Which way leftist?
Back out into the wilderness? Or into a corrupt bargain? Neither?
I’m working on a book that focuses a great deal on the paleoconservatives, a kind of ultra-reactionary faction in the conservative movement that crystallized in the late ’80s and early ’90s. They were a small faction compared to the neocons and mainstream Republicans, but the thesis of my book is basically that they were quite important in creating the modern right: way back in the early 90s, they basically favored finding a loud-mouthed demagogue who could scare liberals.
But the paleocons also very concerned with the identity and integrity of the conservative movement and the right wing and felt like they were the keepers of the flame against recently-entering interlopers. The conservative historian Stephen Tonsor, referring to the neocons at Philadelphia Society meeting said, “It is splendid when the town whore gets religion and joins the church. Now and then she makes a good choir director, but when she begins to tell the minister what he ought to say in his Sunday sermons, matters have been carried too far.” Many people like him were put off by the new power of recent arrivals. The context of this remark was the early Reagan years, when the conservative movement was staffing the administration and trying to define its vision. The jobs and status and philosophical spirit seemed to be going in the direction of the neocons, not the grognards of the old movement. By the end of the Reagan years, the paleos thought the entry into the halls of power had weakened and deracinated conservatives. Paleo columnist Joe Sobran wrote: “Reagan gave conservatism a beachhead in Washington, but he didn't follow through… The libs have sold the Administration on the myth which Reagan's victories should have demolished: that Republicans thrive by adopting ‘moderation.’” The conservatives had become totally sucked into the Washington D.C. blob and become indistinguishable from liberals. Of course, to the left, this seems strange: Reagan did actually shift the country to the right profoundly. The paleos got their wish in Trump eventually, long after many of them had died or been totally marginalized, and at the moment that seems be just marginalizing the Republicans in the way they once were.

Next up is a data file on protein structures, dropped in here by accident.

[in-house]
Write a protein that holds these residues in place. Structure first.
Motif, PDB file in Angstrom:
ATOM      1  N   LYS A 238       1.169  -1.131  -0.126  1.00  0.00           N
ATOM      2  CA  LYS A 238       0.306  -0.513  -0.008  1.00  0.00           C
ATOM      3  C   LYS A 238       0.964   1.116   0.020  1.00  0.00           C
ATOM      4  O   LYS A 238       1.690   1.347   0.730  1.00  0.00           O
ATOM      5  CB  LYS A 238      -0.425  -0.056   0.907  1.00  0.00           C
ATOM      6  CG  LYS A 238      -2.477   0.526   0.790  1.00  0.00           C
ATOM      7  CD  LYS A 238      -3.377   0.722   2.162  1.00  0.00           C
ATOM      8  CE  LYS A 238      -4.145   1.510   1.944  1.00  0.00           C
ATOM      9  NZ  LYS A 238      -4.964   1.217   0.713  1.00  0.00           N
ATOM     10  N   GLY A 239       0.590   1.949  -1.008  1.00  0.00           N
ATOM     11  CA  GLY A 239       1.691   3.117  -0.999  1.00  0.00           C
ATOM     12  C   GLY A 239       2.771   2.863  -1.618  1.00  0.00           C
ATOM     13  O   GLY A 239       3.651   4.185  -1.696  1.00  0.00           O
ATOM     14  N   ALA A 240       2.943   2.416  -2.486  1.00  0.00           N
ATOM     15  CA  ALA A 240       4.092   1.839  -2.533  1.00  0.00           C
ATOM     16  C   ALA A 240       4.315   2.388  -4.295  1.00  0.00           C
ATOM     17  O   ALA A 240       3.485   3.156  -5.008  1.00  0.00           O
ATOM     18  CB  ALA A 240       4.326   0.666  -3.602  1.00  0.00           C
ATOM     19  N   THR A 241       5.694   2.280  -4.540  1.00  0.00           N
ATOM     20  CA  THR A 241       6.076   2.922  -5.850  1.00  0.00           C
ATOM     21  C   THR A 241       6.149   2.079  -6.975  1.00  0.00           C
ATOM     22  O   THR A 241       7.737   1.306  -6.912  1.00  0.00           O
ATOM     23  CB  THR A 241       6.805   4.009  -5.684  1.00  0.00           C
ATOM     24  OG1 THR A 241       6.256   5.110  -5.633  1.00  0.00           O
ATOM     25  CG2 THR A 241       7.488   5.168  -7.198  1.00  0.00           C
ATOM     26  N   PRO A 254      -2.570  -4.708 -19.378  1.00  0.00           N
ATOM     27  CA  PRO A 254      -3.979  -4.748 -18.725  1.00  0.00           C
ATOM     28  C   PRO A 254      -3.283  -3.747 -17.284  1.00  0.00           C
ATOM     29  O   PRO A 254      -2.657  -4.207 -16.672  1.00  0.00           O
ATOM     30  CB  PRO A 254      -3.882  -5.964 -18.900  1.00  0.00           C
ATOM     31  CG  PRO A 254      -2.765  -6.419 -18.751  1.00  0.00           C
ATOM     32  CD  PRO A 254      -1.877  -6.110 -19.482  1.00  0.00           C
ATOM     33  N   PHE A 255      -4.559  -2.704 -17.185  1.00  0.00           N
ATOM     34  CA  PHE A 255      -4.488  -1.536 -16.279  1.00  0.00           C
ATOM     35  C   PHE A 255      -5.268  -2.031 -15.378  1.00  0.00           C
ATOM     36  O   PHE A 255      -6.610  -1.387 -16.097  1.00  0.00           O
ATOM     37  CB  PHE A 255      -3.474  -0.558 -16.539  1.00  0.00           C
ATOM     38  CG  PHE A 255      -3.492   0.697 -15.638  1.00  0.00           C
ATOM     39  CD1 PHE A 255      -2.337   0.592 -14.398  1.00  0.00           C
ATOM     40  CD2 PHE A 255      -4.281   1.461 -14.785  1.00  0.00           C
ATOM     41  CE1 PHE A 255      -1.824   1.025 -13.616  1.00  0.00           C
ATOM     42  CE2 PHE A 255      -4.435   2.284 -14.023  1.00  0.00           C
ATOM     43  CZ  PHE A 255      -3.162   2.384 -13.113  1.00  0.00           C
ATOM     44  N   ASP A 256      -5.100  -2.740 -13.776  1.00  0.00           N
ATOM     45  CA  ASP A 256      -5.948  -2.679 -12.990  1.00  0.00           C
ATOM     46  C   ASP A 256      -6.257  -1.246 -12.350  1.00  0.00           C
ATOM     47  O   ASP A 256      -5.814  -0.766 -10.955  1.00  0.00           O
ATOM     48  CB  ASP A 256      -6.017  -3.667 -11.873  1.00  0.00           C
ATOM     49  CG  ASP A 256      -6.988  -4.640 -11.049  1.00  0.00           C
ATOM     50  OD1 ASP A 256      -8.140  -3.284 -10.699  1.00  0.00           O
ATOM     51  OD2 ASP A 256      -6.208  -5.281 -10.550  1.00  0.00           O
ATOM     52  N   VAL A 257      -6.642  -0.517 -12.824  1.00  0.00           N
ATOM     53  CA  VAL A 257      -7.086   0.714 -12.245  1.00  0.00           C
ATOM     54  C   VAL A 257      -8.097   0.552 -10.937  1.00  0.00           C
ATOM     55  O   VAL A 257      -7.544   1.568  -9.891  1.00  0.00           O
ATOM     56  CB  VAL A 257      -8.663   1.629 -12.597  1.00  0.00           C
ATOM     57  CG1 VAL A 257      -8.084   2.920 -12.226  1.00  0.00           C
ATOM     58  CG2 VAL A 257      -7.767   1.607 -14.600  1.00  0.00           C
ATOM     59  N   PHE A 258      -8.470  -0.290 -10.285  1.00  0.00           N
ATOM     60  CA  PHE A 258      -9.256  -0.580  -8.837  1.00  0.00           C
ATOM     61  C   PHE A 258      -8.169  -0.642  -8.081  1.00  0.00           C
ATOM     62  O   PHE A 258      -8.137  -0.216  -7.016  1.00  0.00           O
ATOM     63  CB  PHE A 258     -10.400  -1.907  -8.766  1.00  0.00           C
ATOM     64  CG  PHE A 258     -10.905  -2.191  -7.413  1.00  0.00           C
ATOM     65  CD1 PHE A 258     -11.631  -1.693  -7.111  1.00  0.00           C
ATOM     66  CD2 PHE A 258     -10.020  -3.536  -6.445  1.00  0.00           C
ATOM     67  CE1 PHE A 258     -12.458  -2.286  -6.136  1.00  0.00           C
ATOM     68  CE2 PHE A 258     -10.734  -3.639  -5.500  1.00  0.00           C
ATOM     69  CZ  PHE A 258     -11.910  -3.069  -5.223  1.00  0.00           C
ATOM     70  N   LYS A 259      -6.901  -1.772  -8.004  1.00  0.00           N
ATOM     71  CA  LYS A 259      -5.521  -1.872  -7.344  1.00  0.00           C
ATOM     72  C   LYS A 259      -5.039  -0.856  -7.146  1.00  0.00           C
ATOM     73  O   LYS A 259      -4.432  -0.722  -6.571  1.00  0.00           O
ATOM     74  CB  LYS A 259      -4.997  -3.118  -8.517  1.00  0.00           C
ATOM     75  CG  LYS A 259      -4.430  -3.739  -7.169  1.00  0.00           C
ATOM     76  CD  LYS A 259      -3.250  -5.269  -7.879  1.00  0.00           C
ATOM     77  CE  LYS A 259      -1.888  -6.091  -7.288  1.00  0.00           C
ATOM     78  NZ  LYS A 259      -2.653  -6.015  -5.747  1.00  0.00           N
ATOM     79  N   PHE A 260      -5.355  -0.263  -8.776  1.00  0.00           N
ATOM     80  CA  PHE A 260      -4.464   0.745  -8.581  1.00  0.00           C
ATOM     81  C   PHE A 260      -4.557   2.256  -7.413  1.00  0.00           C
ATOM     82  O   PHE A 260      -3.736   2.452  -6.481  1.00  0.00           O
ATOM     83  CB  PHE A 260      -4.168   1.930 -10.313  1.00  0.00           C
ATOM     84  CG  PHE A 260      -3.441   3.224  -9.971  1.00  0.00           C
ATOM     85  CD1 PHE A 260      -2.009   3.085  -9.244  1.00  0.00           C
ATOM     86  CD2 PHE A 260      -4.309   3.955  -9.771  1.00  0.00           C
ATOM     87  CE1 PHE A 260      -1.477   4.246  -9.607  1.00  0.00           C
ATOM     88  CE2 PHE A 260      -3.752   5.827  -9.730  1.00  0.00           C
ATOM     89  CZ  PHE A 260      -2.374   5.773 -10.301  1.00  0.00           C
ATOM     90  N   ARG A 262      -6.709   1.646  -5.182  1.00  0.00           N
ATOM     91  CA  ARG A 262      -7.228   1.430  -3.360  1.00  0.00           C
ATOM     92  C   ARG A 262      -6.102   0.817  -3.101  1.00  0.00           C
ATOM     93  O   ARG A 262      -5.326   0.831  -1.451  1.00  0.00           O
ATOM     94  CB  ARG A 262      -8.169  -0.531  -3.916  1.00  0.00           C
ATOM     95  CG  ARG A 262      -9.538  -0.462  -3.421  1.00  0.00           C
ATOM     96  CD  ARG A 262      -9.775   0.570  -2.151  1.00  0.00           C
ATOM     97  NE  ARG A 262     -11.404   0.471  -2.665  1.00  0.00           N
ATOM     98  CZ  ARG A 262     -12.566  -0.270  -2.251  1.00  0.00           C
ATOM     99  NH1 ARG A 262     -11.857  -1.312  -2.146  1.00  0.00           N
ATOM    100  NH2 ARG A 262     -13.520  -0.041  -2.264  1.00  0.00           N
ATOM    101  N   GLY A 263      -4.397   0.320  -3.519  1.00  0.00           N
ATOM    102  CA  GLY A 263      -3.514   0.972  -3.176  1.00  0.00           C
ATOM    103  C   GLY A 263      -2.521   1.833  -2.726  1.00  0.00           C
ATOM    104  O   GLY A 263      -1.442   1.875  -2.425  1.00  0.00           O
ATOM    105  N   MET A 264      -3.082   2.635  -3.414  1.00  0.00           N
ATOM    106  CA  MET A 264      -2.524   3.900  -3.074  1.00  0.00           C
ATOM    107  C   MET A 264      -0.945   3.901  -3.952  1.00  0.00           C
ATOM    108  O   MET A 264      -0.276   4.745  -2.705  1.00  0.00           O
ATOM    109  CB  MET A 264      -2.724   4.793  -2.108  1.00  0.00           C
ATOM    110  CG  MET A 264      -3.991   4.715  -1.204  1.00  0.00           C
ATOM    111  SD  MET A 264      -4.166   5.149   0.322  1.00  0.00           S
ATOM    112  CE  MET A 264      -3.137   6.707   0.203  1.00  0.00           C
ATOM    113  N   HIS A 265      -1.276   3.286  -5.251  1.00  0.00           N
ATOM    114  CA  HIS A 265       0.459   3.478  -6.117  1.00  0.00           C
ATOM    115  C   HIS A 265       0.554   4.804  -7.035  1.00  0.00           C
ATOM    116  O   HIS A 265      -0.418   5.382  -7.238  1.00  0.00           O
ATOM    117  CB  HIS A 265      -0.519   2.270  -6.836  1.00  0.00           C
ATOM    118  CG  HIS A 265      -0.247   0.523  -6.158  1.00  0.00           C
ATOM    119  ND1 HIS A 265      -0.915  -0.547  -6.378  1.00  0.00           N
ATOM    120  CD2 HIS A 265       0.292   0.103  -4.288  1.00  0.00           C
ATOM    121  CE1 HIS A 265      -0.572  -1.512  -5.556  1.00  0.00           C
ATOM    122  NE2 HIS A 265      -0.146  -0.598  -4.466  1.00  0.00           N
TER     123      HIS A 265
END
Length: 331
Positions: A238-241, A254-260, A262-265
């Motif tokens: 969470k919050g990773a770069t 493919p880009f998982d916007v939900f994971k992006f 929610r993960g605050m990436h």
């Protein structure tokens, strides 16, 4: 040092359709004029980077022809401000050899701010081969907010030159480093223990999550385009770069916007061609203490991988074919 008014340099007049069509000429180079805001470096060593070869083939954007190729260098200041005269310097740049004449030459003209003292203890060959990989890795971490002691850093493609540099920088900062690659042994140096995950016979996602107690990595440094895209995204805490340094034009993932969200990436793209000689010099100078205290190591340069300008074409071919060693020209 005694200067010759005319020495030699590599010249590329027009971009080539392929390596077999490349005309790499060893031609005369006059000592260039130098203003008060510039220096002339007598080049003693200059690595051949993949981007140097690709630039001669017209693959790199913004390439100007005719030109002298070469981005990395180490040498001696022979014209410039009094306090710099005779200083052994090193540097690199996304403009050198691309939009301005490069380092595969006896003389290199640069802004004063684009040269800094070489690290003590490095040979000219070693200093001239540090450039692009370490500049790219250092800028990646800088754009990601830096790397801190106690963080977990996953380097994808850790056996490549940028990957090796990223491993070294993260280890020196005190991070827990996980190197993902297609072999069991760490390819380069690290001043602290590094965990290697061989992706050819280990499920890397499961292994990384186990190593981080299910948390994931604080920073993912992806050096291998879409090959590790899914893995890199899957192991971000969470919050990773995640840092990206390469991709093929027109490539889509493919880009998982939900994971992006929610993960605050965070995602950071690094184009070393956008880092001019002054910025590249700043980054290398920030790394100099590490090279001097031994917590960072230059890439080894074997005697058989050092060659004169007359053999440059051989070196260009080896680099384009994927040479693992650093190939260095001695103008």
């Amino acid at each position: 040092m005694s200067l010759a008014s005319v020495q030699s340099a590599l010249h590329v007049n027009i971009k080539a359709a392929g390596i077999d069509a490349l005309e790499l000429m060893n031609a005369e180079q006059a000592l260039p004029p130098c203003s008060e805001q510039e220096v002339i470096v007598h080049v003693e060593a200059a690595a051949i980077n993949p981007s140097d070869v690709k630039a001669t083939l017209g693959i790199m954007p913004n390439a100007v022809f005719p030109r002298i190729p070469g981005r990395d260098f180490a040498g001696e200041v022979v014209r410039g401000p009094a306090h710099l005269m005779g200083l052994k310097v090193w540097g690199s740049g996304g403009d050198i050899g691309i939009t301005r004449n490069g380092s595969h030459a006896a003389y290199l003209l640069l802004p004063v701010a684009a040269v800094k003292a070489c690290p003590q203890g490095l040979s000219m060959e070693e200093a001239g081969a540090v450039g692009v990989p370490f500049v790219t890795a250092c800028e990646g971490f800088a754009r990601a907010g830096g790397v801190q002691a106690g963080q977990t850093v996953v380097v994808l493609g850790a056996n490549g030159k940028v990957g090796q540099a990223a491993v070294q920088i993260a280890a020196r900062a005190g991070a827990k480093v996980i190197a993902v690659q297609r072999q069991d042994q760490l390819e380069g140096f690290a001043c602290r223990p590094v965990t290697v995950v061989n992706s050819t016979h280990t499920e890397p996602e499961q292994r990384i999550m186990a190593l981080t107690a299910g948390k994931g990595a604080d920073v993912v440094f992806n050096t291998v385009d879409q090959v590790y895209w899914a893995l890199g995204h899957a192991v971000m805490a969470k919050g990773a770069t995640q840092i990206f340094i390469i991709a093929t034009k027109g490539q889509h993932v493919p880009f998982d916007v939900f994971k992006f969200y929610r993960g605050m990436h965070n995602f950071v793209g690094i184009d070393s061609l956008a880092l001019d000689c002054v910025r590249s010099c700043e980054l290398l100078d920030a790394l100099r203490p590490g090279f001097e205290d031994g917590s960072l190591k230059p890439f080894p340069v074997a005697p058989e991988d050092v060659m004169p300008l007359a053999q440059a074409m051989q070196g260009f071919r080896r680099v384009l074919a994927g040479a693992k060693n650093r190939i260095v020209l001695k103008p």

With the Biden administration certain parts of this dynamic seem to be repeating on the left. It’s not an exact parallel because Biden is not a man of the left in the way Reagan was a true member of the conservative movement and the left is not a coherent ideological unit suddenly unleashed on the D.C. policy apparatus in quite the same way. Instead, it’s a dispute how to understand the political and policy shifts. Some, myself included, are pleasantly surprised and guardedly optimistic with the agenda being enacted; others, who seemed convinced that Biden couldn’t possibly do anything this bold or ambitious and would be following familiar neoliberal patterns are now grumbling it’s wholly insufficient. That’s fine: it’s correct to always expect and ask for more. But there’s another current there: of not wanting to believe the left has any influence or power, even limited, over whats going on, that it’s not part of the political calculus of the last few years.